A Graphical History of the Democratic Party of Japan

The Nikkei on Saturday had a chart of the history of the Democratic Party. I have translated, and substantiated, the graph and included it below here.


Thus did the party arrive at it’s coalition today of LDP defectors, socialists, and free market conservatives. After a decade of wondering what the DPJ would do in power, we finally get to see what happens. Let the party begin.

8 thoughts on “A Graphical History of the Democratic Party of Japan”

  1. One thing I’ve always been curious about is why the parties focus on words like liberal, democratic, etc. Considering that the LDP is known as a conservative group, why do they even use jiyuu minshu tou (自由民主党)?

    Also, something I’ve always found perplexing is why the Minshutou (民主党) thought it would be appropriate to simply remove jiyuu (自由) from LDP when forming their name. It doesn’t make sense that they would want to be the less free Democratic party.

    Does anyone have any insight on all of this?

  2. The Jiyū Minshu Tō was created in a merger of the Jiyū Tō and Nihon Minshu Tō, which makes it relatively easy to see where the name came from. It doesn’t make much sense to take words like “liberal” and “democratic” as they’re used in American English today and project them onto names in entirely different languages created in the 1950s.

  3. The words “conservative” and “liberal” also don’t inherently mean much in a transnational context: American and Japanese concepts of the words are totally different.

  4. I think you will find that it was 保守新党 not 新保守党.

    I always assumed the phrase 自由 stemmed from the prewar sense, perhaps as far back as the 自由民権運動. Could be wrong, mind you, as I have never bothered looking much into Japanese political parties, for precisely the reason that chart makes so clear: it would be easier to organize an Appalachian family tree….

  5. Thanks for the chart. Its exactly a point I was making on my blog the other day, about how many different parties and disparate ideologies make up the current DPJ.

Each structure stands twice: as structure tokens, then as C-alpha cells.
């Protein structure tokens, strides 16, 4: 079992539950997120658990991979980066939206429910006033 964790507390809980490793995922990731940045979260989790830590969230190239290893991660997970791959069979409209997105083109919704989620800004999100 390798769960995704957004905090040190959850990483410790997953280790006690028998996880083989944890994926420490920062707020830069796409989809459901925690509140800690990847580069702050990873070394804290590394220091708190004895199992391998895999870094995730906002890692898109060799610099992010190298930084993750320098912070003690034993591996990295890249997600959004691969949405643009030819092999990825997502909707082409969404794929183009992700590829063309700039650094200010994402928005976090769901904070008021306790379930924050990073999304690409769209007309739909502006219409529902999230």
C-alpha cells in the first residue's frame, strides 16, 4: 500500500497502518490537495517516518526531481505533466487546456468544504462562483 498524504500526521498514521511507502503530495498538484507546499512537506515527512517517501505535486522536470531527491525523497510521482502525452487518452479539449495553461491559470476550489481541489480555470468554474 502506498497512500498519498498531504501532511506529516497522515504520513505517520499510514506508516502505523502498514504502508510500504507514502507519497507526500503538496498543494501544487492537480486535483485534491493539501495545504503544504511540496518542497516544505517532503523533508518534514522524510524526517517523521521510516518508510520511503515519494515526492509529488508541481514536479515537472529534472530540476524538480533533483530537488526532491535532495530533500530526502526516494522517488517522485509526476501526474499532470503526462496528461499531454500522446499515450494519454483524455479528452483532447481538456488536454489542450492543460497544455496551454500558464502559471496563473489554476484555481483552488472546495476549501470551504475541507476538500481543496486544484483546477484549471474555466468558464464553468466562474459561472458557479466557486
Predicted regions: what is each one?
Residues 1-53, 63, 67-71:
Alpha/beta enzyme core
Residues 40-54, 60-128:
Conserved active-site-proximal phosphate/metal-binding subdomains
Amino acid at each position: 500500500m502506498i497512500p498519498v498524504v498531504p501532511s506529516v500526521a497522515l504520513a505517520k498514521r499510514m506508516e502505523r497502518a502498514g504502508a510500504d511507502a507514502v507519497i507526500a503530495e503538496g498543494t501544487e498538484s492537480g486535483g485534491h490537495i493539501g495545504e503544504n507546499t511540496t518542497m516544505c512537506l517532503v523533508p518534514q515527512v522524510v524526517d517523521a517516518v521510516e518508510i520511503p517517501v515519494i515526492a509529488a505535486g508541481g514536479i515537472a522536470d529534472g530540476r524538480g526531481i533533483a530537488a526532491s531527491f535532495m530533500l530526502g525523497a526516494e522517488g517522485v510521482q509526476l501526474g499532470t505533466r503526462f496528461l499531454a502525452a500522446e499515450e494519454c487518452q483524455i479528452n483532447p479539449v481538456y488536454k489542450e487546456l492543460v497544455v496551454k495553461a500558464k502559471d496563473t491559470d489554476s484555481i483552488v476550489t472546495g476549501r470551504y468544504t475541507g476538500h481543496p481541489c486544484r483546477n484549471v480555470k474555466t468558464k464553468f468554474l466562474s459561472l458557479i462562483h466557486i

As for the naming of the LDP, its definately confusing because liberal of course is used here in the European (and Australian) sense, and not the American sense. It can be confusing, because the Liberal party in Australia is also a conservative party, as opposed to ‘Liberals’ that are more likely to be in the Democrat party in America…. I said it was confusing…… 🙂

  6. The only problem with the word “liberal” is that Americans perverted it’s meaning sometime in the 1960s, and the word went from being associated with the right to the left in America. In the 1930s-50s, the word was very much associated globally with liberal economics and freedom and being opposed to socialism. That is still in the case in Europe and the rest of the world — hence the “liberal” parties in Australia, Japan, etc.

    Jade Oc, thanks for the correction. I’d fix the chart except I’m traveling.

  7. Curzon, when you end up correcting that, perfect it by changing “Naohito” to “Naoto”.

  8. Curzon-

    Are you sure you have the times right there? Hoover called himself a liberal; Eisenhower did not. The change in meaning came with FDR’s ascendancy, did it not? He was quick to bring words like “liberal” and “freedom” back into the lexicon of America’s progressives.

    (If interested in the subject, you may want to check out Eric Foner’s Story of American Freedom. I found it a fascinating book, that neatly outlines the change in America’s political culture throughout the 200 years of its history. Foner spends some time on this subject in his chapter on the New Deal.)

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